Consult a mortgage PMI calculator to find out what the total cost will be for your mortgage payment each month. PMI, or private mortgage insurance, is a type of insurance policy put in place to protect the lender. The purpose of PMI is to protect the lender in the event that you default on your home.
PMI is required when you have a low down payment. Your home is designed to act as collateral for the lender, so if you don't pay, they can take the house. Unfortunately, sometimes -such as when property values fall- a house isn't worth 100 percent of what the owner bought it for.
If your lender provided you with 100 percent financing for the home and property values then fall, your lender might not be able to recoup the full amount of the loan if it has to foreclosure. In addition, there are legal fees and other costs associated with foreclosure that the sale of the house would have to cover in the event of a default.
Because of these issues, lenders require you to put a down payment on the home so you own a part of it. This is referred to as your equity in the house. Typically, you are required to have a 20 percent down payment. If you have below this, you will generally be required to pay PMI.
Mortgage PMI Calculator
If you are considering buying a house and putting down less than 20 percent, you should input your purchase price and other information into a mortgage PMI calculator to learn just how much this insurance will cost you. There are several online calculators that allow you to estimate these numbers. For example, you can find PMI calculators at:
Many regular mortgage payment calculators that you can use to find out your monthly payments will also calculate PMI automatically if the numbers you input amount to less than a 20 percent down payment, so you may not need a dedicated mortgage PMI calculator to find out how much your total monthly mortgage payments will be.
If you are considering buying a home, and you have less than 20 percent to put down, you can take steps to avoid PMI. The best option is to simply wait until you have the money available to put 20 percent down on the home. While this isn't an option for everyone, it is always a good idea to get your financial ducks in a row before you take on a large mortgage debt.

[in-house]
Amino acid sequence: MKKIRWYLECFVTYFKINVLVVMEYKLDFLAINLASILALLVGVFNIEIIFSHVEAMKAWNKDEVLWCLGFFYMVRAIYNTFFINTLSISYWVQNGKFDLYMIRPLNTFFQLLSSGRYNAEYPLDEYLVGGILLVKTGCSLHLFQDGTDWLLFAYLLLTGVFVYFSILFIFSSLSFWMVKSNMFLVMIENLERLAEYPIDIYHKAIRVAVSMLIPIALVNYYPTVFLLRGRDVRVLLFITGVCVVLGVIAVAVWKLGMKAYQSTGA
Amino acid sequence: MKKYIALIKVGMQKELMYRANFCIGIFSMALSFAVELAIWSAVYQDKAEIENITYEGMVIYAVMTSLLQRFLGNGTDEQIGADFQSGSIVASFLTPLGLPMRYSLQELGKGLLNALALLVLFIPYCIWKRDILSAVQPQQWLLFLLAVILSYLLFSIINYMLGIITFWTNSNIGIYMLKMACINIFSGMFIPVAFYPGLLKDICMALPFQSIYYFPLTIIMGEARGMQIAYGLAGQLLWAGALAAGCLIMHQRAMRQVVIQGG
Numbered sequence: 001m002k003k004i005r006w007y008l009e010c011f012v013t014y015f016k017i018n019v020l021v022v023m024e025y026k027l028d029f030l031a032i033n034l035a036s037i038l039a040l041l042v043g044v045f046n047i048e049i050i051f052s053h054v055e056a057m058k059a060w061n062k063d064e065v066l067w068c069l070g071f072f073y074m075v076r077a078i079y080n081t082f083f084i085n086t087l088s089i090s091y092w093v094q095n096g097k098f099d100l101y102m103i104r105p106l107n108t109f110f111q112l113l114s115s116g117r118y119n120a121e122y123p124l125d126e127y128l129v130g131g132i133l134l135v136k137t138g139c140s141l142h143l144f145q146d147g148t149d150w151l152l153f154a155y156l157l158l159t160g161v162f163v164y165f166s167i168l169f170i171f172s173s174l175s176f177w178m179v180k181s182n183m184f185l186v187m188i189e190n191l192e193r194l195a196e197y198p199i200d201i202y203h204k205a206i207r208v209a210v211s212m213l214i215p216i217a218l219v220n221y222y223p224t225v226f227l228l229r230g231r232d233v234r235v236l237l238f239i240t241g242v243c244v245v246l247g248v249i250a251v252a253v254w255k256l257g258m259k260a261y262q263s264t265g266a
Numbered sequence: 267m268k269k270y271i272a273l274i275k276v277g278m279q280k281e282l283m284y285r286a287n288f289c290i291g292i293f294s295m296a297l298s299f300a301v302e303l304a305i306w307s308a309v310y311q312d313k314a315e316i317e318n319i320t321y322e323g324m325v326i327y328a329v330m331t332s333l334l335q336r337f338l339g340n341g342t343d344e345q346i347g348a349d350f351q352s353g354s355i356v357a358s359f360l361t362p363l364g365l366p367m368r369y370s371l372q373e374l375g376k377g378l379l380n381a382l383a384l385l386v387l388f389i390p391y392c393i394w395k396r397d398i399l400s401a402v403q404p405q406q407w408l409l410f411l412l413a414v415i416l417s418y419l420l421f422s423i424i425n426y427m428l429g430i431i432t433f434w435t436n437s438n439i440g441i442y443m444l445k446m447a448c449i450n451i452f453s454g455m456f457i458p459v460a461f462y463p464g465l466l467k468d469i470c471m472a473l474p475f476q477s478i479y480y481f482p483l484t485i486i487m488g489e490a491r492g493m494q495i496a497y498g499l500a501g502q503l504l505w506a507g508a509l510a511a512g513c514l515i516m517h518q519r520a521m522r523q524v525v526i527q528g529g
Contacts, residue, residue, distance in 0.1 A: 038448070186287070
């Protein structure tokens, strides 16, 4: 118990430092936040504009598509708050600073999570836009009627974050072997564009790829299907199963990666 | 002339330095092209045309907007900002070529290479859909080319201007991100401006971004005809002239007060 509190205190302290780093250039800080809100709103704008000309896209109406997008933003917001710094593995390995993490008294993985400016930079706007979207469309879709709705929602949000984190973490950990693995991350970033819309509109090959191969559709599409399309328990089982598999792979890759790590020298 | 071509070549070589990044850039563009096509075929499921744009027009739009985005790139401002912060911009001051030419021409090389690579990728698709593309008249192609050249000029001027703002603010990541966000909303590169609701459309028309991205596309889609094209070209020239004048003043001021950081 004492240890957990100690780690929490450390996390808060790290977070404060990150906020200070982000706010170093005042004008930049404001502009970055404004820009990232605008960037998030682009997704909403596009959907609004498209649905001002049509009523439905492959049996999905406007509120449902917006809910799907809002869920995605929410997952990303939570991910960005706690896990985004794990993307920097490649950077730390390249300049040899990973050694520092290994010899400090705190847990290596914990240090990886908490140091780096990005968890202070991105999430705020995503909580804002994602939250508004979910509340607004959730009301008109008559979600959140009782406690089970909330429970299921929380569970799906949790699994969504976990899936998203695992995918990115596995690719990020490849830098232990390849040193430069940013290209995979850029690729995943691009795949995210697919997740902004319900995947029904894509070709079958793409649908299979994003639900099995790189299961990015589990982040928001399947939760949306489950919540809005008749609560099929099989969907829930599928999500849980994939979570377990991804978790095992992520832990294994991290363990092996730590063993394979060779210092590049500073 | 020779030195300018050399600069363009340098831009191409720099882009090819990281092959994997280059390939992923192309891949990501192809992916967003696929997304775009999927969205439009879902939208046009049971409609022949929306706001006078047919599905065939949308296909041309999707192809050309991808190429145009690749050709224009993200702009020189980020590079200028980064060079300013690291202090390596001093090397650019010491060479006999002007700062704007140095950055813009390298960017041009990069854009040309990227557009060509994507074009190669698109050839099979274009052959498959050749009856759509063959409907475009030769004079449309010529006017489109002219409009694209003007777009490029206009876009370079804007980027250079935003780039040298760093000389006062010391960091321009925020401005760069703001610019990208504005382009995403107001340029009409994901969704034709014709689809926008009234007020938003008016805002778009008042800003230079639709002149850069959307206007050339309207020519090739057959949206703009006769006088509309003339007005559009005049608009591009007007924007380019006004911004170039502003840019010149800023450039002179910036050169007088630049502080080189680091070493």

If this isn't an option for you, you may be able to take out two loans in order to avoid PMI. This is traditionally referred to as an 80-20 loan, since people would borrow 80 percent in a first mortgage and 20 percent on a second mortgage, however, there are other options for this creative financing. For example, if you have 10 percent to put down, then you could take an 80 percent first mortgage, a 10 percent second mortgage and put your 10 percent down. With these loans, you are able to keep your main loan to 80 percent of the value of the home, thus avoiding PMI.
However, not all lenders will permit an 80-20 loan, especially at times when the credit market is tight. In addition, the second mortgage may be at a higher interest rate than first mortgages, so your loan will cost you more in the long term.
If you are currently paying PMI on your loan, you should be able to have it removed once you have paid off enough of your mortgage to owe only 80 percent of the value of the home. The key number here is the loan-to-value ratio. For example, if you have a loan for $100,000 and you owe $80,000, then you have an 80 percent loan-to-value ratio and you should no longer have to pay PMI.
Each lender has its own policy and procedures regarding lifting the PMI requirement. Your home may need to be reappraised in order to prove that you have achieved the required loan-to-value. Typically you will have to pay for this appraisal if it is required. If you believe you are close to having paid enough into your mortgage, contact your lender to find out exactly what you must do to be able to have the PMI requirement removed from your monthly payments.